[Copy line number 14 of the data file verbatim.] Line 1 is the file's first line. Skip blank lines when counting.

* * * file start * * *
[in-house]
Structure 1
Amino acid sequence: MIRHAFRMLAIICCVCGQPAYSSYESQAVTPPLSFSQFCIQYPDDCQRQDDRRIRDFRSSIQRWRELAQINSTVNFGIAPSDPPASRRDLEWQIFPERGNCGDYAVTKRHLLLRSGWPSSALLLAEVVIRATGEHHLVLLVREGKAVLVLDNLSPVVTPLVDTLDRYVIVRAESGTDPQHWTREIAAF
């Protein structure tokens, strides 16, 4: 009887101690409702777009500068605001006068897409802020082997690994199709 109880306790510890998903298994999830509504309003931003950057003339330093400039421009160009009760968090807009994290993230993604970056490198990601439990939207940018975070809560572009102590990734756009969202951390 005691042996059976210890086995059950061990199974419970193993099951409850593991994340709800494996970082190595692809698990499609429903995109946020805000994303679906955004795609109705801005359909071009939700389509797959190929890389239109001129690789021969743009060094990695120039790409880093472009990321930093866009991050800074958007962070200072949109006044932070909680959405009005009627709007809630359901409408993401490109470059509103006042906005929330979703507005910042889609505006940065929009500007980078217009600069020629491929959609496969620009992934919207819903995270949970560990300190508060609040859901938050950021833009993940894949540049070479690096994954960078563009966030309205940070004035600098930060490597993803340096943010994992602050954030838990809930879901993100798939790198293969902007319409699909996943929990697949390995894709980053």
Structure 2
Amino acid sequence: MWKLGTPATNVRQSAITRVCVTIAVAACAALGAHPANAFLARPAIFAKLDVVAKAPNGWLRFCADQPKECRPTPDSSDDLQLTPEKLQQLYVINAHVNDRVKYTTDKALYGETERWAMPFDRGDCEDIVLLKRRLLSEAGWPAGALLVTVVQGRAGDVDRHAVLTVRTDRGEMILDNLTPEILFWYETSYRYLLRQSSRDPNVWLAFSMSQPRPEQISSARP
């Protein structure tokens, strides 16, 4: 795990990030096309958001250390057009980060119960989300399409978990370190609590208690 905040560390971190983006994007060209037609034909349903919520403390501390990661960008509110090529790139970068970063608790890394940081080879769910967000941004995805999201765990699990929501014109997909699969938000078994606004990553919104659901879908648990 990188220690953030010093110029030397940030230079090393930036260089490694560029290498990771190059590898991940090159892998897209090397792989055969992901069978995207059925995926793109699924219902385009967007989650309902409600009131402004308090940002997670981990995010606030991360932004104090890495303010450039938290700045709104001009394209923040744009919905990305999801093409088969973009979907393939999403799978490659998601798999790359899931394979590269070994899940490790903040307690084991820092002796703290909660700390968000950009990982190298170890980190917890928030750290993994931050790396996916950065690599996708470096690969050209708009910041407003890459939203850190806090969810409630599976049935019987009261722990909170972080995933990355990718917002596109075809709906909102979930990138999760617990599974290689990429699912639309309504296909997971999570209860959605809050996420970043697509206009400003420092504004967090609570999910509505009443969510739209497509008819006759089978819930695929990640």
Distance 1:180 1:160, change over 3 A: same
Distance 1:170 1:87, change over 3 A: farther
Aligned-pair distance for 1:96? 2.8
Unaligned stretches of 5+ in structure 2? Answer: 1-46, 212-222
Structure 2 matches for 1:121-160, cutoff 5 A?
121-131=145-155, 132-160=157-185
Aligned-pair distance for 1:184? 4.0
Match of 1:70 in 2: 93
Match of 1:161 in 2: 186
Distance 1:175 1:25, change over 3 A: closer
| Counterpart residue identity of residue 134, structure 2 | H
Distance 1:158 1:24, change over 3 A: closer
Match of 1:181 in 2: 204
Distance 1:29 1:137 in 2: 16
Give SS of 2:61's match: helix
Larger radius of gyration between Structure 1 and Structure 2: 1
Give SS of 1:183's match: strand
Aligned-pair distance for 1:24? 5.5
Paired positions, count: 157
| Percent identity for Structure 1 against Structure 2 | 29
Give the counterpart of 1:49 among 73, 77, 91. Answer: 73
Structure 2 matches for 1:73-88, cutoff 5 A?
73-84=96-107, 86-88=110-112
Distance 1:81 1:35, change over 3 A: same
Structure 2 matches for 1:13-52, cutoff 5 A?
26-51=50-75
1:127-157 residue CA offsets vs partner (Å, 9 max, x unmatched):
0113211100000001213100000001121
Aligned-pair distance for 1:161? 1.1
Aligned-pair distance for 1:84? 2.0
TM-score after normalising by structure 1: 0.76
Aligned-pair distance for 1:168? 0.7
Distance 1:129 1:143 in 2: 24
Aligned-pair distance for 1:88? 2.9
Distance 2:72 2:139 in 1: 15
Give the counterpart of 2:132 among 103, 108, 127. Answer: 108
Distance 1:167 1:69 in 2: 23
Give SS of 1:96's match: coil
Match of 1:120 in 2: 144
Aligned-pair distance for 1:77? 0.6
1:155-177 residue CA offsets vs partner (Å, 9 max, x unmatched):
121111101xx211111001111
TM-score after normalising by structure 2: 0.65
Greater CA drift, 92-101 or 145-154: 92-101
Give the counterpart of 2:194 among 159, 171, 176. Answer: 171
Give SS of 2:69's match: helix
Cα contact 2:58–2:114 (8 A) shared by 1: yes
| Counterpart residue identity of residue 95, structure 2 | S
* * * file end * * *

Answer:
Aligned-pair distance for 1:184? 4.0